The OpSec Blog

Security and privacy information and advice at home and abroad.

Archive for February 2011

US Embassy Tripoli Security “…not the best…”

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CNN published this story yesterday regarding US Embassy Tripoli’s evacuation.  Acting Chief of Mission Joan Polaschik stated,

“We had not the best security… We don’t have the typical fortress America embassy compound (in Tripoli). In fact we have a group of residential villas…”

These statements are 100% true, but it should be understood that while Diplomatic Security lays out guidelines for embassy construction, we are totally dependent on the host government’s cooperation for security upgrades or new construction. In Libya’s case, new construction was not permitted due to the state of relations between Libya and the United States.  In other cases, new embassy construction may not be possible for other reasons.  In European capitals, buying land for a new embassy compound is often prohibitively expensive.  In others, embassy buildings were given as gifts in safer times and the host government would take it as a major snub if we moved out.  Luckily, these examples tend to be in countries in which we can rely on the host government’s internal security to partially compensate for the lack of physical protection we build into our new embassies.

In countries like Libya in which the host government is uncooperative, DS’s hands are tied.  It’s a no-win situation for us if things start to hit the fan.  We do our best to mitigate the possible threats within the restrictions that come down from the higher-ups and literally hope nothing bad happens.

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Written by OSB

27/02/2011 at 11:01

The “Equivalence” Principle

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I am sure there is a formal term for the concept I’m going to explain in this post, but I don’t know what it is.  I call it the “equivalence” principle of security, and if you’re designing a technical or physical security system it’s essential that you understand what it entails.

The “Equivalence” principle simply states that each successive level of defense must contain equally resistant components. It makes no sense to install a forced entry ballistic resistant door in a plaster wall (if that were even physically possible).  Your security system must ensure that at each level no component can be identified as the weakest link.

Security engineering is often a delicate balancing act, and obeying this principle in the field is very tough.  If you under-protect something you’ve created a huge vulnerability that your enemy is sure to exploit.  If you overprotect something you’re generally wasting money, and in this new era in which budget concerns are starting to dominate every aspect of what we do, wasting government funds is, in some ways, worse for your career than getting attacked by terrorists.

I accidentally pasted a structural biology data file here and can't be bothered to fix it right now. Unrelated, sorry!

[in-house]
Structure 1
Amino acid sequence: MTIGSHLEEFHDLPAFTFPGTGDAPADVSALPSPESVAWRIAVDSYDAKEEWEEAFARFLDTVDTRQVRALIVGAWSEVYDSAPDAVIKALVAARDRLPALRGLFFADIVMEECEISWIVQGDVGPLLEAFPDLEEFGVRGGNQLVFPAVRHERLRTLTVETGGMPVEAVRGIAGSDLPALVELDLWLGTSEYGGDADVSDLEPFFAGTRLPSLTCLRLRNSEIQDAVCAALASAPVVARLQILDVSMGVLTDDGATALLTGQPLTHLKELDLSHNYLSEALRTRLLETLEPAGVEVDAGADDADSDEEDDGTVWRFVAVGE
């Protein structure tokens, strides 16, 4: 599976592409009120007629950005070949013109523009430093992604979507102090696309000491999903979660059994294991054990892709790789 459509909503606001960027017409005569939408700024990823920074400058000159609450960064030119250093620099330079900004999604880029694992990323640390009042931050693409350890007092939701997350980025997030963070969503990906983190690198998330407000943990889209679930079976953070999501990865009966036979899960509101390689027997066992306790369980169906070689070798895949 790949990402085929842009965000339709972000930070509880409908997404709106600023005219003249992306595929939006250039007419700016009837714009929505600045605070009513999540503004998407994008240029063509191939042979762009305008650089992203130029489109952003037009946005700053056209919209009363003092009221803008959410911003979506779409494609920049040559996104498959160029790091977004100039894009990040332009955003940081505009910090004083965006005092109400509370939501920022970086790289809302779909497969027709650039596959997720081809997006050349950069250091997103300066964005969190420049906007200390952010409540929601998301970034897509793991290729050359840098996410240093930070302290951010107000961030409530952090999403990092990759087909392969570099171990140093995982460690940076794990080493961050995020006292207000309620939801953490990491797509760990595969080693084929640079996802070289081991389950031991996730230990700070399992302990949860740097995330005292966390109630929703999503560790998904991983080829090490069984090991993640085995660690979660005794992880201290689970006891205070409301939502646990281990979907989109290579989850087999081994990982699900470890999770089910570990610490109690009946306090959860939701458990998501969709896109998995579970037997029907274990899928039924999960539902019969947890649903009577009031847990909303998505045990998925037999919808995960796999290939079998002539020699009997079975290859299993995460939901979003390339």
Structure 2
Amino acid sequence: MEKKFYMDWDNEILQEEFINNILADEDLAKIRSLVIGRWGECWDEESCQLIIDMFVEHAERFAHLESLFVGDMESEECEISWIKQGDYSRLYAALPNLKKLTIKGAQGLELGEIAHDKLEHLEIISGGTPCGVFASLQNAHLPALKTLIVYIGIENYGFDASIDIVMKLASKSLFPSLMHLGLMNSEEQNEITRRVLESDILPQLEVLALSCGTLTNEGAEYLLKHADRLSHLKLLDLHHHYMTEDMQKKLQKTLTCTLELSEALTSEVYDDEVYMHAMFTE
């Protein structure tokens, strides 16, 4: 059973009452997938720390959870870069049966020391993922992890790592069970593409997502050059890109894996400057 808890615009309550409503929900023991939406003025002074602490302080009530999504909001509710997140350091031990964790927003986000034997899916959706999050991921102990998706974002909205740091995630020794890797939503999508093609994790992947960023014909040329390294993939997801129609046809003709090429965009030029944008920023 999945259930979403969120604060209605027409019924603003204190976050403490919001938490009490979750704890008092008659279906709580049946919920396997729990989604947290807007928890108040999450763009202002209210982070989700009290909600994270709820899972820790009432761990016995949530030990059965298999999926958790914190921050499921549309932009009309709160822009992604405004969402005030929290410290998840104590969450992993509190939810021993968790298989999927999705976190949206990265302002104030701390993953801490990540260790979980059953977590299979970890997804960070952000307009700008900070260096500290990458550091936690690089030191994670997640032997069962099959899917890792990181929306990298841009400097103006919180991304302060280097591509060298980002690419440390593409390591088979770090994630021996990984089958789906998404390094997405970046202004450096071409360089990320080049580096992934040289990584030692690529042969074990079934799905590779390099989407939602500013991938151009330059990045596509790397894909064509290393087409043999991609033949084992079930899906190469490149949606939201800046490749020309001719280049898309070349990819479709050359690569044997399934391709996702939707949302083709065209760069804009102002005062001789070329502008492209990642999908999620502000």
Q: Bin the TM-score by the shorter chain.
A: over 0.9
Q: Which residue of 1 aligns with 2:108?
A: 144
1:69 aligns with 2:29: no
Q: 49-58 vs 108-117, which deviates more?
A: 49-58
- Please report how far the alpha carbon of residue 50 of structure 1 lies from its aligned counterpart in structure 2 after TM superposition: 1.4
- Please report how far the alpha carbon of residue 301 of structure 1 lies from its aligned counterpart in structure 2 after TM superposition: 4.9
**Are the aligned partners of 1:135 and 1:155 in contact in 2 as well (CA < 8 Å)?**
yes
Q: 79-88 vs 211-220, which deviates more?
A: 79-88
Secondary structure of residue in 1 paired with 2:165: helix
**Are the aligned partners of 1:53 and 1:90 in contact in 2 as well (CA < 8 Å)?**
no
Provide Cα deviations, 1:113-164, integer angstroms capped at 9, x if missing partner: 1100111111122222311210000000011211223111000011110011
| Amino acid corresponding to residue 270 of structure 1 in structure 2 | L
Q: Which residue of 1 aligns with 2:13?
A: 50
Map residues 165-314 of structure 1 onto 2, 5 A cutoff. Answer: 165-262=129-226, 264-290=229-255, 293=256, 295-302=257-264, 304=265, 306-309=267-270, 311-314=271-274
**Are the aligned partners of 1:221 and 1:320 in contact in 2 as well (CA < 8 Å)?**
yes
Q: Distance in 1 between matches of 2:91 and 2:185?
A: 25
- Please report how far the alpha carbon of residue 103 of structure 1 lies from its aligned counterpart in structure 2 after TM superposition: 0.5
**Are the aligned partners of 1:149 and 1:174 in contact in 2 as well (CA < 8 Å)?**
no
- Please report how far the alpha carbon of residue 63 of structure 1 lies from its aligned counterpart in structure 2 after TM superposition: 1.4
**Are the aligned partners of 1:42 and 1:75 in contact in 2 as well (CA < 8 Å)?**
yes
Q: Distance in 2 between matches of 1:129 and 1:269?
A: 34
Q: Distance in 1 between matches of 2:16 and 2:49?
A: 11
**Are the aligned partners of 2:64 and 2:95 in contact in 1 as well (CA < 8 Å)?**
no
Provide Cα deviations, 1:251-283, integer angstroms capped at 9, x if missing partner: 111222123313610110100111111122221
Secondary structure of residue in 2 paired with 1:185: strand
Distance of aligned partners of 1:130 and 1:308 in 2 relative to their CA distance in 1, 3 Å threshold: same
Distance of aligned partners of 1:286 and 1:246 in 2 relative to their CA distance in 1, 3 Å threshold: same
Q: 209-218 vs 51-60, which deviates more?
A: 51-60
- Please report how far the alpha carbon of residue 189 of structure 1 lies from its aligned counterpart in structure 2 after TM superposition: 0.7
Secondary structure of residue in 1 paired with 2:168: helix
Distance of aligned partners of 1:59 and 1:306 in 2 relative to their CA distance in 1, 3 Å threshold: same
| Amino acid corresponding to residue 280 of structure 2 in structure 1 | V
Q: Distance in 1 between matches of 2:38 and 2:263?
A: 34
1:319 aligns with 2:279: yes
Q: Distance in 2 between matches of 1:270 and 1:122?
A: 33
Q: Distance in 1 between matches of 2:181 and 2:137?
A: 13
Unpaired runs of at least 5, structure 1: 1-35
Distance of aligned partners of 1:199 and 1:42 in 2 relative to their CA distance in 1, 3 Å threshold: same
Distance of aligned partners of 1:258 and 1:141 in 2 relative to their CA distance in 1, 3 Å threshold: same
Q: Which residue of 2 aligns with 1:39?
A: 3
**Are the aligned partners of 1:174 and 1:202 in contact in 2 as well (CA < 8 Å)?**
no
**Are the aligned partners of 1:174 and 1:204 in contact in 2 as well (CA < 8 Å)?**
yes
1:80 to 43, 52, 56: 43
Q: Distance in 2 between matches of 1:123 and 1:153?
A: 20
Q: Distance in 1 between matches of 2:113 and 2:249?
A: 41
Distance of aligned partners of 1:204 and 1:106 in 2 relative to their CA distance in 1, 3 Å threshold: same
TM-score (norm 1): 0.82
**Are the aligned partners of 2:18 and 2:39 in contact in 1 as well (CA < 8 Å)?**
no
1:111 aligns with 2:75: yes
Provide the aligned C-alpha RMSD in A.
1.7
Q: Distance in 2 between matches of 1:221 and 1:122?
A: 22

The equivalence principle also has implications at home.  Don’t spend money on an expensive door lock if you’ve got standard pane glass windows right next to it. Don’t install a safe with a reinforced door in drywall that would allow an attacker to get at the weakly reinforced walls.  Consumers often make these kinds of mistakes due to marketing (which draws focus to a flashy new lock which is subsequently installed on a cheap door) or sticker shock (securing a $500 bike with a $5 padlock and chain).  If you want to protect your personal property, make sure you look at the entire picture and not what the advertisement tells you.  No one component will make a system secure.

As a physical security best practice equivalence is fairly easy.  You build the walls to spec and install the proper doors and windows and you’ve done the best you can.  Necessities like compound access control (CAC) facilities are a little more difficult, but after we learned the importance of mantraps after the Jeddah attack our embassies’ perimeters have gotten much harder to breach.  The hardlines are similarily secure; to my knowledge a modern embassy hasn’t been breached by a hostile mob ever- and the perimeter defenses usually don’t even let it get to that point.

The technical side is much more difficult.  Since the details of our technical defenses are sensitive if not outright classified I won’t be able to get into them here.  I can, however, tell you the main reason they fail:  embassy employees.  I’ll probably be saying this a lot during the time I maintain this site, but users are the bane of any security system because security is an inconvenience. If the Ambassador insists on using Skype to video chat in his or her office there’s very little anyone can or will do about it. If a Political officer decides to do official government business on an iPad (an unapproved device) it’s highly unlikely they’ll get the security violation they deserve.  Such is life as a security professional.

What is OpSec?

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OpSec, or “Operational Security” is a broad term defined loosely as a series of actions undertaken as a method of masking your whereabouts, mission, or purpose. Since this term tends to be a bit foreign to those outside of the military (and even to some within), I’ll try to illustrate it with some examples.